• Construction subtracted from real GDP growth in 47 states and the District of Columbia in the fourth quarter of 2013.

Read the full report.

NIST to Establish Research Center of Excellence for Forensic Science

A NIST Standard Reference Material 2460 "standard bullet" mounted on a blue stub. Each one has six signature markings typically found in a fired bullet. SRM 2460 is intended primarily for use as a check for crime laboratories to help verify that the computerized optical equipment for bullet imaging and profiling is operating properly.

The National Institute of Standards and Technology (NIST) has announced a competition to create a Forensic Science Center of Excellence dedicated to collaborative, interdisciplinary research. The center’s mission will be to establish a firm scientific foundation for the analytic techniques used in two important branches of forensic science, pattern evidence and digital evidence.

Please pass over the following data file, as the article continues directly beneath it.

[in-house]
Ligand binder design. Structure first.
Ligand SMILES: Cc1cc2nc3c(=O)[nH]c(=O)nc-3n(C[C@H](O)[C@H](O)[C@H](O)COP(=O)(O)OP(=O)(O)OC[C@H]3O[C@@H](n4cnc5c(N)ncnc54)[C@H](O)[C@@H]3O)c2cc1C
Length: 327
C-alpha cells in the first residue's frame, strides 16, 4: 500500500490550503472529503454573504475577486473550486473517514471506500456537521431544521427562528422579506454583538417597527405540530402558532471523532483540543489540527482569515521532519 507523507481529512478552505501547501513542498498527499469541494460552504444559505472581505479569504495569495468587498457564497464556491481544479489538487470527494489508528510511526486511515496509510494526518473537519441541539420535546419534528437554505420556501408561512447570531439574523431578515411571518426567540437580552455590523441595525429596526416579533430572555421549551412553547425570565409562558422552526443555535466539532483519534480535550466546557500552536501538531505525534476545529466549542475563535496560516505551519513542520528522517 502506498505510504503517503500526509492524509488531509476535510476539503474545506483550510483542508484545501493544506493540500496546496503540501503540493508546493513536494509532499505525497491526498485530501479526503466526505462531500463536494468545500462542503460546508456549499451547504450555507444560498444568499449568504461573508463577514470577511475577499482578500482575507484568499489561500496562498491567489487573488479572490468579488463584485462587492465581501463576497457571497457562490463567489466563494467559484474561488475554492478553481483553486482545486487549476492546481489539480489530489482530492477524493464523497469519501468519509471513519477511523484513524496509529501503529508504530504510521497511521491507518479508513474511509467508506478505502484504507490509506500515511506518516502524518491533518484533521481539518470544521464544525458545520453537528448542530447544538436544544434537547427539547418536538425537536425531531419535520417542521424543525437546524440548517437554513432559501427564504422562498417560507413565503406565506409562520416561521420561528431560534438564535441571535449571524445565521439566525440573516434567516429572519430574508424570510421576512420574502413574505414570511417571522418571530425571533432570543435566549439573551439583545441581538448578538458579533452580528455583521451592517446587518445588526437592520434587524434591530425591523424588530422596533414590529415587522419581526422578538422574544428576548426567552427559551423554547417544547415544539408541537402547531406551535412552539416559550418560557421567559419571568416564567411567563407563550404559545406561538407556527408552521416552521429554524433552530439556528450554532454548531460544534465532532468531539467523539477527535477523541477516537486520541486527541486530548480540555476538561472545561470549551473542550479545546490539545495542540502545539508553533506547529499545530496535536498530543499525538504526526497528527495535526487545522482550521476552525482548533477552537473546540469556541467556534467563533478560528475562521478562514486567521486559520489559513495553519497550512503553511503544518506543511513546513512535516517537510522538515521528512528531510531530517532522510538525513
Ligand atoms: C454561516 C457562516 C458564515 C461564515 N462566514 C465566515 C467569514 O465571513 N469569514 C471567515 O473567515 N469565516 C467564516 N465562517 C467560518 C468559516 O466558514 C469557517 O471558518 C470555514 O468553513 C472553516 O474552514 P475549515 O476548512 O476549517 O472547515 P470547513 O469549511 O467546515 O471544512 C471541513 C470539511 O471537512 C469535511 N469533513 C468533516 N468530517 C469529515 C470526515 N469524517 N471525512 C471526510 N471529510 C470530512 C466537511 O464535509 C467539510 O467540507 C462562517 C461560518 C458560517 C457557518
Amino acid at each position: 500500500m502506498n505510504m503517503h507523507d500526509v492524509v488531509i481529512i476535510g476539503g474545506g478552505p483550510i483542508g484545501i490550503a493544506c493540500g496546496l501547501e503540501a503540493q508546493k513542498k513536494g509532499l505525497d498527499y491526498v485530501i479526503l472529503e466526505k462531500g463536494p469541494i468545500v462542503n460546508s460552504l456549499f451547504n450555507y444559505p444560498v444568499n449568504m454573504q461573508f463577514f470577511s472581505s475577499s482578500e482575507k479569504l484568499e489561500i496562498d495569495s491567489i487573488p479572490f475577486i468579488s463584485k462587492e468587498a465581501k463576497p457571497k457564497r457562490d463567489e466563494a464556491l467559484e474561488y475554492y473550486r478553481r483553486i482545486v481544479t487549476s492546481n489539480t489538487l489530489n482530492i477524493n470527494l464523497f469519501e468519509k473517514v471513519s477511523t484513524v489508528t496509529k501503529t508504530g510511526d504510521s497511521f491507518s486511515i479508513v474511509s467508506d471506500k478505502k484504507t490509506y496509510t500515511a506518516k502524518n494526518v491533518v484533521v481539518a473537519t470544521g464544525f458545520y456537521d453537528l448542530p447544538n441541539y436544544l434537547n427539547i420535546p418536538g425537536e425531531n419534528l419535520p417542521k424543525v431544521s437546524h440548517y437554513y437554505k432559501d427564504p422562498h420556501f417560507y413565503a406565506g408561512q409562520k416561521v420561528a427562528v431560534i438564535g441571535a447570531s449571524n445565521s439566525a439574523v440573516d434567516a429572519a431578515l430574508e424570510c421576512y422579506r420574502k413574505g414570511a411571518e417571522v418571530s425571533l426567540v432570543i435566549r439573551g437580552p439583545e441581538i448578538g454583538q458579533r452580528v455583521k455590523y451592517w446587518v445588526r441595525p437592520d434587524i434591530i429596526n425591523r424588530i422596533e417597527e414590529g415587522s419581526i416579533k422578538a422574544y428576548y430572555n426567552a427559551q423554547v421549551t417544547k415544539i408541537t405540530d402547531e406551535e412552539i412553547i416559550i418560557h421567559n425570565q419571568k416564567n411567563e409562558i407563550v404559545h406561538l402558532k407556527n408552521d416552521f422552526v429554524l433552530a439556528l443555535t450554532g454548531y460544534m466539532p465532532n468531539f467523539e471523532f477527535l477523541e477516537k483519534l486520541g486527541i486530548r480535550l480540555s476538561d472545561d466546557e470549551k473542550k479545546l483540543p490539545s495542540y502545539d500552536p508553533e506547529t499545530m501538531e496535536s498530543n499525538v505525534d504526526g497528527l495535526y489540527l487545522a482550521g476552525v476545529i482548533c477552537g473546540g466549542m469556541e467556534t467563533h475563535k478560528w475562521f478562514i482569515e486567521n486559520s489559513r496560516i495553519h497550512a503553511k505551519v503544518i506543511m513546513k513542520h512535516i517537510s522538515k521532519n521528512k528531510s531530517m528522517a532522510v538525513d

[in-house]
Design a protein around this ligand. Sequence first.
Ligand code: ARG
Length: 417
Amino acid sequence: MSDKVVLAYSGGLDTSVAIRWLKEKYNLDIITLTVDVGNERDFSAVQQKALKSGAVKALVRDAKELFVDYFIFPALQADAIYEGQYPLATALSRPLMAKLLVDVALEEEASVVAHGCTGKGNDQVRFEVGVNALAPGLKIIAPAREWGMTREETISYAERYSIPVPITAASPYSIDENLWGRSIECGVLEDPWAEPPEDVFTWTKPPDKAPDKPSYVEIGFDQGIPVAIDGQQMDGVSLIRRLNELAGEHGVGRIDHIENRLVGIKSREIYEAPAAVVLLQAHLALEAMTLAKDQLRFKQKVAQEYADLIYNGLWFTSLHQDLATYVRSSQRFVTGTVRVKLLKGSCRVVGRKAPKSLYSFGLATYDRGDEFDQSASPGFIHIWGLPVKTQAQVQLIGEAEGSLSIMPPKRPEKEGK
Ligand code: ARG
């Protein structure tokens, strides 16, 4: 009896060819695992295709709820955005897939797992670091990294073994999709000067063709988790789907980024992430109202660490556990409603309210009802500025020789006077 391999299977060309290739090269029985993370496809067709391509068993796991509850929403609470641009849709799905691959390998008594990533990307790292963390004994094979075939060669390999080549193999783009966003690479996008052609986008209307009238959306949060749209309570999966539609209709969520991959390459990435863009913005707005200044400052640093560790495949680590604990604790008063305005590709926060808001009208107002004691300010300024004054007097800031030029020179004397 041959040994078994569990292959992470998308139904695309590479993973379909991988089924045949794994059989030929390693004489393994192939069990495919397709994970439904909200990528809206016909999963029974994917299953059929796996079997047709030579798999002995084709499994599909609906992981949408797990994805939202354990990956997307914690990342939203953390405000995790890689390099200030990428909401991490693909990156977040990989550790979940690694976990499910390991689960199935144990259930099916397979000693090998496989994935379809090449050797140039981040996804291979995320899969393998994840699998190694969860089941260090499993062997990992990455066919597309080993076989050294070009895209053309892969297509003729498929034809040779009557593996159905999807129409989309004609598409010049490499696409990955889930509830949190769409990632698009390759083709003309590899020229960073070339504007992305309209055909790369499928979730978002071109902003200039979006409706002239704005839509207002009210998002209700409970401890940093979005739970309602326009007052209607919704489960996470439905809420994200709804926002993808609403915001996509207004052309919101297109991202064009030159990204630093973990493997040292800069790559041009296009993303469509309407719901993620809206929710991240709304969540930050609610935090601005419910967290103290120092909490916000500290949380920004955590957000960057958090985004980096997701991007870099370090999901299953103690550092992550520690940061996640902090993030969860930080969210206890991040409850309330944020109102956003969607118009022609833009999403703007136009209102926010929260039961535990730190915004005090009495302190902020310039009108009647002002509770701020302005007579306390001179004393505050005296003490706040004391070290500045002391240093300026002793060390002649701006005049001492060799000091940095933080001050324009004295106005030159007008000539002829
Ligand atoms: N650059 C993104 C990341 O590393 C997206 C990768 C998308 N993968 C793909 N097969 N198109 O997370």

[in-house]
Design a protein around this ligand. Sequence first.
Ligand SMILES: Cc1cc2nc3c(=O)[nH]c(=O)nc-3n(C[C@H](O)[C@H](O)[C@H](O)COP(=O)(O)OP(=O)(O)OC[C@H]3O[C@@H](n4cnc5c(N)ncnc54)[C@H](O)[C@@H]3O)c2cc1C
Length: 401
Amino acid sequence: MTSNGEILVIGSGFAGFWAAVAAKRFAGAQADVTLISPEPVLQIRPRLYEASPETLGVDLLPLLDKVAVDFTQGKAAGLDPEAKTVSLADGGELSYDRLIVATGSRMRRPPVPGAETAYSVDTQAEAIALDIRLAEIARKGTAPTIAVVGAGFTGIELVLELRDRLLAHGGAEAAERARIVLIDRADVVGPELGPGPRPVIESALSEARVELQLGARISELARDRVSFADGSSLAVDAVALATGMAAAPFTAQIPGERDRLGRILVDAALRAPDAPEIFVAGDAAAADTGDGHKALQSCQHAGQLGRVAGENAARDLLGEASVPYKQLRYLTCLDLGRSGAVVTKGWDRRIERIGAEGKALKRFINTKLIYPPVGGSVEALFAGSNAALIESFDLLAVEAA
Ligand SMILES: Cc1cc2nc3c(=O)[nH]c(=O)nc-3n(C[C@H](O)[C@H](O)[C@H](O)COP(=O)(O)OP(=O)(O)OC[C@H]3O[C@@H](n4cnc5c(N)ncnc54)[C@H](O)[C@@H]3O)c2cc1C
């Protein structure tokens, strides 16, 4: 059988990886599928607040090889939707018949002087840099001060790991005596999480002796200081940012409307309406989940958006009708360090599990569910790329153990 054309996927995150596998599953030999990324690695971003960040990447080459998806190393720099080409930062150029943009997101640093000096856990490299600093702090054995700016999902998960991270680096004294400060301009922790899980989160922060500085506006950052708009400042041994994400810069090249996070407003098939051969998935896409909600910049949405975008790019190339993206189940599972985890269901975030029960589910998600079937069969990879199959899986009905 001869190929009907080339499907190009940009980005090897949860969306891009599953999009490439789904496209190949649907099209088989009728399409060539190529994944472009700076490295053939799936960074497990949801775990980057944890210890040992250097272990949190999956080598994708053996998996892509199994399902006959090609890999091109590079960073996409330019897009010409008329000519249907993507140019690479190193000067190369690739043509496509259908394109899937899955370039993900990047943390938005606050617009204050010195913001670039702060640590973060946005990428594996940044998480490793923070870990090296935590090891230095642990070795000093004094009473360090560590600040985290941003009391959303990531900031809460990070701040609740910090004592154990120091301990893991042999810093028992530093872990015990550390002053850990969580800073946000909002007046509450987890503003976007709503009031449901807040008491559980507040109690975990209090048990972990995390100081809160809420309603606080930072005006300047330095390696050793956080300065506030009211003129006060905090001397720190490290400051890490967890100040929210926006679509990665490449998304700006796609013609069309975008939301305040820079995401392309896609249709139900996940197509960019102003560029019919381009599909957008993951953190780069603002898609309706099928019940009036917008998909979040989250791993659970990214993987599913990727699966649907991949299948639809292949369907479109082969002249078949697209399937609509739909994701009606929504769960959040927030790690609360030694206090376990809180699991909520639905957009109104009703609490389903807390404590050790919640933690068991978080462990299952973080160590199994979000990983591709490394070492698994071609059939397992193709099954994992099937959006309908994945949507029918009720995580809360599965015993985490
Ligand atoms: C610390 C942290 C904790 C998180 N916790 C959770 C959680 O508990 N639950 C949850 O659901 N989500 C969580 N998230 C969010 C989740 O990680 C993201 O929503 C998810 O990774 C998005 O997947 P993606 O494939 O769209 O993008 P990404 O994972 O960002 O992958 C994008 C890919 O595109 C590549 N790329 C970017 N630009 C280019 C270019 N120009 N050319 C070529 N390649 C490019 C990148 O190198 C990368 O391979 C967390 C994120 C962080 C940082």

The seminal 2009 National Research Council report Strengthening Forensic Science in the United States – A Path Forward called for a thorough examination of the techniques used in forensic analysis to better understand their strengths and limitations. It also called for establishing scientifically rigorous standards and practices, including the development of tools and methods to better standardize analytical protocols.

Forensic investigations involve the collection of evidence, measurements of the evidence, analysis of those measurements and the determination of conclusions of known validity. One important goal is to develop so-called “probabilistic methods”—techniques that produce a quantifiable assessment of the likelihood that a given method produced a correct result. Forensic DNA analyses, for example, typically report the probability that an apparent match between two separate samples could come about by chance.